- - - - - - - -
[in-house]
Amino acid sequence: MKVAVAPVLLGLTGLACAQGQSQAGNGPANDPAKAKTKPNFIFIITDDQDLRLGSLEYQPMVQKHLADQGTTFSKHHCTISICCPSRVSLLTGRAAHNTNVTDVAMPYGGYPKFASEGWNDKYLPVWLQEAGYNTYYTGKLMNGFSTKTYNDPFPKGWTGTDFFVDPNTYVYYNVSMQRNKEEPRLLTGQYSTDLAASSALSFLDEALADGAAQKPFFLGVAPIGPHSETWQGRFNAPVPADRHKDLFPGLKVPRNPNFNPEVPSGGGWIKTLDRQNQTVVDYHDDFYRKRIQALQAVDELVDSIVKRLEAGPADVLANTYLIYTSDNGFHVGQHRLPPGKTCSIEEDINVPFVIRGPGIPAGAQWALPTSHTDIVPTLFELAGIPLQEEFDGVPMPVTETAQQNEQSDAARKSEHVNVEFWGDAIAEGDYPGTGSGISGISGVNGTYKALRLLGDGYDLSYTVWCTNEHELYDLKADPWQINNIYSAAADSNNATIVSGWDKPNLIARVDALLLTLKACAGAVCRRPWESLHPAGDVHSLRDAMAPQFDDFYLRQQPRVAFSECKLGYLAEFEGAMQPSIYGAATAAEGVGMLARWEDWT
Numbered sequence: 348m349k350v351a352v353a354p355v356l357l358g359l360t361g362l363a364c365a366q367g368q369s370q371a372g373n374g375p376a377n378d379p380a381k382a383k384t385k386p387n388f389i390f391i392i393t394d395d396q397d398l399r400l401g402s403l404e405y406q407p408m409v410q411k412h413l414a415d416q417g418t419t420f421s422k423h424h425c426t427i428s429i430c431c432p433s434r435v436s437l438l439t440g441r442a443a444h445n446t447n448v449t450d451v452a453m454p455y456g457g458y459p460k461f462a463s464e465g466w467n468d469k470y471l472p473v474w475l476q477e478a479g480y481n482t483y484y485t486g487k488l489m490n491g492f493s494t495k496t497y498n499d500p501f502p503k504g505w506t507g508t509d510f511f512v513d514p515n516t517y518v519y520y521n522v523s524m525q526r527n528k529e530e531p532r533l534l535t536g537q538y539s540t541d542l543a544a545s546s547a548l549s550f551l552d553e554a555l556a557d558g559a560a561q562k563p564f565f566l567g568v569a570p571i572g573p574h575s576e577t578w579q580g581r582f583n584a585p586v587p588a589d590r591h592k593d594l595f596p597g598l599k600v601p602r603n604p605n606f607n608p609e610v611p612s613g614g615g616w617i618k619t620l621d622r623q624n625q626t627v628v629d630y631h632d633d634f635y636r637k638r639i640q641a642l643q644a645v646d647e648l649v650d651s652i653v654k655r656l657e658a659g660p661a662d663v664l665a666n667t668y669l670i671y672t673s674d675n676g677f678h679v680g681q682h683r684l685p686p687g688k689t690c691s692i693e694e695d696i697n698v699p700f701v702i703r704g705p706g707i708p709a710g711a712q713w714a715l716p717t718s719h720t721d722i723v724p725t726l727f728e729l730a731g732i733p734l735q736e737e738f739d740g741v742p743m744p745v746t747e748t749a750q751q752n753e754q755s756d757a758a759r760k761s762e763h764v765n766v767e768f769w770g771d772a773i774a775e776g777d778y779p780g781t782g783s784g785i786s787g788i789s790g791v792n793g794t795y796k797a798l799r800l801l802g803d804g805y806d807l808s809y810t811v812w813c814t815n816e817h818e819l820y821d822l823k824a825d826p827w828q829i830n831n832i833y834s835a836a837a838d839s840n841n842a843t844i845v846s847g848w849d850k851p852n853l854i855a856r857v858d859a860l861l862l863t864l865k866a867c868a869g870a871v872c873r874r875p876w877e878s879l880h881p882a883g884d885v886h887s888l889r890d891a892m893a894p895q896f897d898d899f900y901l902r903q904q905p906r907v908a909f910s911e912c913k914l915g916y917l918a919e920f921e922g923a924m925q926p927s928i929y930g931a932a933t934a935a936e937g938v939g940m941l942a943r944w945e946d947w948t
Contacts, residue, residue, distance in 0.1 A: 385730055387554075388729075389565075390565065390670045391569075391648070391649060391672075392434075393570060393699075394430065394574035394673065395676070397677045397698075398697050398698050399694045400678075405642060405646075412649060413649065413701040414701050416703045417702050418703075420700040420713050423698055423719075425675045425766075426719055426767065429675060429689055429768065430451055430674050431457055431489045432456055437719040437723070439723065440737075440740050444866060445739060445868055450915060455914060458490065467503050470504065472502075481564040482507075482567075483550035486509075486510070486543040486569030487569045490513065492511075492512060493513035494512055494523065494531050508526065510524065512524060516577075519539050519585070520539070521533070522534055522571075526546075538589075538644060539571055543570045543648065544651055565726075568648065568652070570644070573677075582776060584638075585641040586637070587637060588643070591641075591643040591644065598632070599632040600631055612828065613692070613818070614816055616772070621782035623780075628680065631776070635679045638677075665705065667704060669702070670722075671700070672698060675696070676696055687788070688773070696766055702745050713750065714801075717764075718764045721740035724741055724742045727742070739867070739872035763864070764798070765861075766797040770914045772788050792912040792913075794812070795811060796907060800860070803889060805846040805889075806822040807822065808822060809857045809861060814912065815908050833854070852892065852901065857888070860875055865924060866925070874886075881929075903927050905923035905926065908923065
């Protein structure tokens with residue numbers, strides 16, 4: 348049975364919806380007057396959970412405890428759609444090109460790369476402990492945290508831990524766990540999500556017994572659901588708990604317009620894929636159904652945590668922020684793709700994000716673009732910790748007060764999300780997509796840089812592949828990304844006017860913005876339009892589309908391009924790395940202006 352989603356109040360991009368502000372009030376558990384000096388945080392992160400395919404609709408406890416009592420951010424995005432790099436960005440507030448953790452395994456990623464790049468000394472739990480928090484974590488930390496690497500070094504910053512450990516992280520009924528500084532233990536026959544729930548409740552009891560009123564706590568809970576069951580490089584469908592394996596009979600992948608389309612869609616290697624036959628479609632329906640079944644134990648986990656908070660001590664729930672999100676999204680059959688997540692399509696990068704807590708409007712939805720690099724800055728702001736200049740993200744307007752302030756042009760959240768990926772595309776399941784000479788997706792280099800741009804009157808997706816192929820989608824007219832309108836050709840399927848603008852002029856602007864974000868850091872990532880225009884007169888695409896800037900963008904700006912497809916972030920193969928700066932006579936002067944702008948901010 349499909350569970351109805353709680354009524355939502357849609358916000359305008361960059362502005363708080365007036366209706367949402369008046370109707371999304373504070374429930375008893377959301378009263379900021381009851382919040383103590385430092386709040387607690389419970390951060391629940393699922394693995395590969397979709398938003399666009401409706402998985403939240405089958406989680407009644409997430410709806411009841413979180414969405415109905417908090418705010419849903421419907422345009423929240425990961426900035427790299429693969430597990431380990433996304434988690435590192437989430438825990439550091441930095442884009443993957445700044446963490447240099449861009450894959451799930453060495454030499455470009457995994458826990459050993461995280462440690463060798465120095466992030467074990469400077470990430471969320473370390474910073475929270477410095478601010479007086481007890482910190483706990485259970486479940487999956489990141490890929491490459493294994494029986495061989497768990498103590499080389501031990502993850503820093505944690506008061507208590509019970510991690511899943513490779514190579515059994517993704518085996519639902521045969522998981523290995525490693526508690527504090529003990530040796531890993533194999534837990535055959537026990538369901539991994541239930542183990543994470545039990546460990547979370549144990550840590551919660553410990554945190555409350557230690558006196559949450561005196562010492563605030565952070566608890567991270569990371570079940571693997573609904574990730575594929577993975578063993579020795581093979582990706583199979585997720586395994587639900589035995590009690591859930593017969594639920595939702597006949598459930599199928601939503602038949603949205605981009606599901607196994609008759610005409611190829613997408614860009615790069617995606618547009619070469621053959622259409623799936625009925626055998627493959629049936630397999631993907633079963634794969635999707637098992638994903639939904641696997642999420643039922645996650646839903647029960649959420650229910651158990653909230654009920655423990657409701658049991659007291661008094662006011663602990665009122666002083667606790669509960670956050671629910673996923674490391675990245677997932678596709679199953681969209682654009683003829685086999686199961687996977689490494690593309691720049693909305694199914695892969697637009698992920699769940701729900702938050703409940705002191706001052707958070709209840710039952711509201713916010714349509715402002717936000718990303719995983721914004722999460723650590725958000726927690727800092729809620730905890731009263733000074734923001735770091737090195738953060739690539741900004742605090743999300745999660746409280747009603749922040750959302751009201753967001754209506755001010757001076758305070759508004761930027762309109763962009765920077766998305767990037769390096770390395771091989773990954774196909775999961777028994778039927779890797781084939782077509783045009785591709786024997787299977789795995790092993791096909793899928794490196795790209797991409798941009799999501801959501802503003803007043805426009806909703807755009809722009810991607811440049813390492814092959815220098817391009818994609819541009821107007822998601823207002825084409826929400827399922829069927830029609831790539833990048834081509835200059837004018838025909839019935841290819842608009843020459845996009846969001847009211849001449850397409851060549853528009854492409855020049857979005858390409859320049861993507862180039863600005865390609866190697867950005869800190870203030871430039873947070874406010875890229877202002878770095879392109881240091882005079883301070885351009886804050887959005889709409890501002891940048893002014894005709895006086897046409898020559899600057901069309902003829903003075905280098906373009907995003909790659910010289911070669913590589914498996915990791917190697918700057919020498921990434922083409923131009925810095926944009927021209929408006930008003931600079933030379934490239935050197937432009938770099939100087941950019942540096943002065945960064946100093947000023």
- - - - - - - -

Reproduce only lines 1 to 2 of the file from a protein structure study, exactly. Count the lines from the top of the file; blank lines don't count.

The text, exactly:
[in-house]
Amino acid sequence: MKVAVAPVLLGLTGLACAQGQSQAGNGPANDPAKAKTKPNFIFIITDDQDLRLGSLEYQPMVQKHLADQGTTFSKHHCTISICCPSRVSLLTGRAAHNTNVTDVAMPYGGYPKFASEGWNDKYLPVWLQEAGYNTYYTGKLMNGFSTKTYNDPFPKGWTGTDFFVDPNTYVYYNVSMQRNKEEPRLLTGQYSTDLAASSALSFLDEALADGAAQKPFFLGVAPIGPHSETWQGRFNAPVPADRHKDLFPGLKVPRNPNFNPEVPSGGGWIKTLDRQNQTVVDYHDDFYRKRIQALQAVDELVDSIVKRLEAGPADVLANTYLIYTSDNGFHVGQHRLPPGKTCSIEEDINVPFVIRGPGIPAGAQWALPTSHTDIVPTLFELAGIPLQEEFDGVPMPVTETAQQNEQSDAARKSEHVNVEFWGDAIAEGDYPGTGSGISGISGVNGTYKALRLLGDGYDLSYTVWCTNEHELYDLKADPWQINNIYSAAADSNNATIVSGWDKPNLIARVDALLLTLKACAGAVCRRPWESLHPAGDVHSLRDAMAPQFDDFYLRQQPRVAFSECKLGYLAEFEGAMQPSIYGAATAAEGVGMLARWEDWT